Published in Inland Waterways

Waterways Ireland wishes to advise masters of vessels on the Shannon Navigation that Athlone Lock will be temporarily closed from next Monday 1 November until Wednesday 3 November inclusive to facilitate flood relief works.

Published in Inland Waterways

Waterways Ireland is calling on members of the public to have their say on its new Climate Action Plan, the public consultation for which is now open.

This is the cross-border navigation authority’s first climate action plan. Focused on the decade to 2030, it sets out the vision for how Waterways Ireland will reach its key climate action targets.

This includes reducing emissions by at least 51% and improving energy efficiency by at least 50%. It also addresses Waterways Ireland’s aim to be a net zero organisation by 2050.

The draft Climate Action Plan details the seven objectives Waterways Ireland has identified as being essential to delivering on its climate ambitions.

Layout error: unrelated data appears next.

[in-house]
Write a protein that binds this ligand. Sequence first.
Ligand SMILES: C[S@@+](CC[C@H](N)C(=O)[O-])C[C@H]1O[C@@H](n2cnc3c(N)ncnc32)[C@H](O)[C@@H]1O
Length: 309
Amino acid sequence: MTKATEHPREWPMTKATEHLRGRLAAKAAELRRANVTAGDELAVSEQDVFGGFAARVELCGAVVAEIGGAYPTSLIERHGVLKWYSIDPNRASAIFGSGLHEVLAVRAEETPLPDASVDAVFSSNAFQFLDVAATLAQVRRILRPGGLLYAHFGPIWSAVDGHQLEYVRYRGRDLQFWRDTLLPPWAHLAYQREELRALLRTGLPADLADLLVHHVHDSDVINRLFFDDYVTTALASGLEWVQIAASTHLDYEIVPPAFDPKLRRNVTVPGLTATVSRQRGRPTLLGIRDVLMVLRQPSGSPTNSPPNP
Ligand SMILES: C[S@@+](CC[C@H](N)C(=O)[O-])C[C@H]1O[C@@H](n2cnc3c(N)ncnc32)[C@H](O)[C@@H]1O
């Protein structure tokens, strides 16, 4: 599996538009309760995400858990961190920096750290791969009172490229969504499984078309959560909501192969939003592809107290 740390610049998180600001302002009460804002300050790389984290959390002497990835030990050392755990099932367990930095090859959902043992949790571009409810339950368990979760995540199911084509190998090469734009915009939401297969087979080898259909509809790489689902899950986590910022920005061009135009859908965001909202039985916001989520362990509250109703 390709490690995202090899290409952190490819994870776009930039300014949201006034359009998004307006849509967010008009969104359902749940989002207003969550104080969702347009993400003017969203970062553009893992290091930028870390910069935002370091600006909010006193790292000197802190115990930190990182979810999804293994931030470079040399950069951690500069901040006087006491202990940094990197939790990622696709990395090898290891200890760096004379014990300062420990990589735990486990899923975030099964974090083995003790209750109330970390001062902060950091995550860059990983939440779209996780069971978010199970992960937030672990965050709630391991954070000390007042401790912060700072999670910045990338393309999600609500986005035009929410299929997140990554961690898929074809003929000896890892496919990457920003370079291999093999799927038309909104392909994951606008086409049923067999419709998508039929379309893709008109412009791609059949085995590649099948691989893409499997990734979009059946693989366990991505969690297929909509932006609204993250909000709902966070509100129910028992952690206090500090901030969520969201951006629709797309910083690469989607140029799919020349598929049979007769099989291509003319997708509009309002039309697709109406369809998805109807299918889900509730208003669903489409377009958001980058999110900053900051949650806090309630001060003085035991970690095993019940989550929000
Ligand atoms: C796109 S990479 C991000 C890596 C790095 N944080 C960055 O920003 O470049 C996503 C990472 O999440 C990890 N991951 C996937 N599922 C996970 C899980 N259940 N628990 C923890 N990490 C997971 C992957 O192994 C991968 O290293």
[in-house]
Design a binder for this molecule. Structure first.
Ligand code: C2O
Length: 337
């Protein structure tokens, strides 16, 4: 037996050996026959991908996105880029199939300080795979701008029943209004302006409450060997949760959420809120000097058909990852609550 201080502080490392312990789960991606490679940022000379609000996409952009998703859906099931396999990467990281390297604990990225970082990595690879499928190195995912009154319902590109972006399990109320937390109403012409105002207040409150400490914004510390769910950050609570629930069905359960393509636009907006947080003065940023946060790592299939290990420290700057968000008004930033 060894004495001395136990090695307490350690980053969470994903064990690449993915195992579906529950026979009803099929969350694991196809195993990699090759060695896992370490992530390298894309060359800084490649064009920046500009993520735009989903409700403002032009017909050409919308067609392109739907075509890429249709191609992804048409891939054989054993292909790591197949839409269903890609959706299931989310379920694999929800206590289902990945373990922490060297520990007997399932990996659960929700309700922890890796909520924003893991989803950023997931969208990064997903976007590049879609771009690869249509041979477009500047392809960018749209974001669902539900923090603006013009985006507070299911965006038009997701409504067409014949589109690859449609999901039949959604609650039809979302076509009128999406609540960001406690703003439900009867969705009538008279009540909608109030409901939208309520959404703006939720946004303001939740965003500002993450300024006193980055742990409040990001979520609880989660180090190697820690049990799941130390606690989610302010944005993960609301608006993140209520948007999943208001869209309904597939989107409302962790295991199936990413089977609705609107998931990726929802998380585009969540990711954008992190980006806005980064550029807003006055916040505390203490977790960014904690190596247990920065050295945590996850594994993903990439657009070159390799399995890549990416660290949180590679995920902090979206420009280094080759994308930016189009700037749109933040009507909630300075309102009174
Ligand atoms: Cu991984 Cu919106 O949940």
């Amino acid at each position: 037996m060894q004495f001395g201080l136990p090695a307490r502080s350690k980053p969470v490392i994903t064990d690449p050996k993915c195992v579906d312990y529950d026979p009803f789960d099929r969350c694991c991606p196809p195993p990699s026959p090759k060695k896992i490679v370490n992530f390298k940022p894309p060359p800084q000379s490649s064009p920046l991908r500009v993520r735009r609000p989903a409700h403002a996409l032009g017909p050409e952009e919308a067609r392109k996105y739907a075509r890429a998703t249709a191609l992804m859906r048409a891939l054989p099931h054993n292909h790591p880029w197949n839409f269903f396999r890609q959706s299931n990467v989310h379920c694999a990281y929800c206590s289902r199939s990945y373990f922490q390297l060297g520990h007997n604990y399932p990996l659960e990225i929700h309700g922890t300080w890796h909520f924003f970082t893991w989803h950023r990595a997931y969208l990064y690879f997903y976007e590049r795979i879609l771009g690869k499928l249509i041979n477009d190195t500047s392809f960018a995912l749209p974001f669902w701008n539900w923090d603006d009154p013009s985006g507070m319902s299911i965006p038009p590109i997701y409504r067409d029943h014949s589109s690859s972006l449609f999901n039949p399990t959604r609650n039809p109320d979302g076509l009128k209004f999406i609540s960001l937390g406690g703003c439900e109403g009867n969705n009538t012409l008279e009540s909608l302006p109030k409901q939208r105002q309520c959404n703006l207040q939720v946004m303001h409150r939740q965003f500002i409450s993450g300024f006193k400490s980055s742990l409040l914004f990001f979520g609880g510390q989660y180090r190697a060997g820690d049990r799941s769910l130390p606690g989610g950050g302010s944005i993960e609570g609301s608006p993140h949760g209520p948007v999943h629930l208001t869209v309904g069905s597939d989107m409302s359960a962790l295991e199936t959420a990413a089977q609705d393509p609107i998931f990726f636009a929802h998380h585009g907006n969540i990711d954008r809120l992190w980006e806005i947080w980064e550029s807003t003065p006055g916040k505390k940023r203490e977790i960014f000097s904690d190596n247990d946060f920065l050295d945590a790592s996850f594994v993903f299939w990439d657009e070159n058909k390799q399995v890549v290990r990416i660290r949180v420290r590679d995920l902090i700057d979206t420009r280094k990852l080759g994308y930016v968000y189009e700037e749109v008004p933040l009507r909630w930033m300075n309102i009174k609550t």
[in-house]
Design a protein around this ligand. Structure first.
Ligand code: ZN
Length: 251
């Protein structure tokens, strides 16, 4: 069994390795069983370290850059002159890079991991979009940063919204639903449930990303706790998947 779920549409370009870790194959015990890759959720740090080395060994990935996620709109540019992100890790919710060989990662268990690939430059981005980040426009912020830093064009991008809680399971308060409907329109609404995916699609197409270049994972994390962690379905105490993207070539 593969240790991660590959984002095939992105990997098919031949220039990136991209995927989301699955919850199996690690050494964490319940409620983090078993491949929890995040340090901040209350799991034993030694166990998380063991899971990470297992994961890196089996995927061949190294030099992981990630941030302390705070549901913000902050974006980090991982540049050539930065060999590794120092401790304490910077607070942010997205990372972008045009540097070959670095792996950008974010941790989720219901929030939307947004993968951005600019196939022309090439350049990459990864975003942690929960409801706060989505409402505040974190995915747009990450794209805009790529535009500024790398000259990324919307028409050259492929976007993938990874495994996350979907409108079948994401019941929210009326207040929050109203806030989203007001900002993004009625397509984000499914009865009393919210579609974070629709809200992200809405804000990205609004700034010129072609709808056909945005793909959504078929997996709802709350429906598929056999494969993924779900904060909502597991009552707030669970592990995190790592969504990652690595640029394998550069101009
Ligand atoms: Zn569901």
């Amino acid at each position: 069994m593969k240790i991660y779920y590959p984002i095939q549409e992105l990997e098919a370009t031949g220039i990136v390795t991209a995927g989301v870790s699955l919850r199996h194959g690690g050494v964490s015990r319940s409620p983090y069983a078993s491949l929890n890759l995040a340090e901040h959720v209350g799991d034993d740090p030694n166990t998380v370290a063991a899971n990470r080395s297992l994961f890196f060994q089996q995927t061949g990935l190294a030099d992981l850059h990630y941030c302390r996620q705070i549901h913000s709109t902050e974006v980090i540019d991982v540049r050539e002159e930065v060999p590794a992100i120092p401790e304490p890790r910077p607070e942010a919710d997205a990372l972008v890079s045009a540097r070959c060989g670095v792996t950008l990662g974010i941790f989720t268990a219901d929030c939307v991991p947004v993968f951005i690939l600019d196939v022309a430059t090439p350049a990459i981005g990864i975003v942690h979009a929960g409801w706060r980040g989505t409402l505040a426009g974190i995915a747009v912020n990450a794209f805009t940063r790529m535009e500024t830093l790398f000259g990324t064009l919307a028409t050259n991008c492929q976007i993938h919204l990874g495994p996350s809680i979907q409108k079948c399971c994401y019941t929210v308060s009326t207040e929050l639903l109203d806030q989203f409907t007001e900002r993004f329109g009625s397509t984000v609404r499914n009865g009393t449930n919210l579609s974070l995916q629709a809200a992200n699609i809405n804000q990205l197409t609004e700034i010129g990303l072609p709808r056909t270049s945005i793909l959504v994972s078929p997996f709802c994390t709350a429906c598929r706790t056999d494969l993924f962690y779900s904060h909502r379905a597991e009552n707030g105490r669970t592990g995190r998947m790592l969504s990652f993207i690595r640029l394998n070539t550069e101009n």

The first two are centred on people and processes: setting out how Waterways Ireland will deliver through collaboration and engagement, and by leveraging its assets. The other five objectives focus on delivering across climate mitigation and climate adaptation. The integrated objectives align with the UN’s Sustainable Development Goals (SDGs).

Commenting on the plan, Waterways Ireland chief executive John McDonagh said: “Waterways Ireland is the custodian of Ireland’s inland navigable waterways and we see climate change as a critical challenge for our organisation and its stakeholders.

“As the body responsible for vital shared heritage across the island of Ireland, we have both an opportunity and a responsibility to take a leadership role in climate action. We will enthusiastically take on that mantle by identifying transformative and innovative ways to engage in climate action initiatives over the lifetime of the plan.”

Under the draft plan, Waterways Ireland commits to considering climate action in decisions around the acquisition, operation, maintenance and disposal of its assets, as well as the procurement of energy, consumables and third-party services.

These activities will be supported by targeted actions and initiatives in priority areas to implement climate mitigation and adaptation measures.

Progress in achieving key results will be measured quarterly, ensuring that activities are agile and can keep pace with carbon budgets and other measures developed for the sector.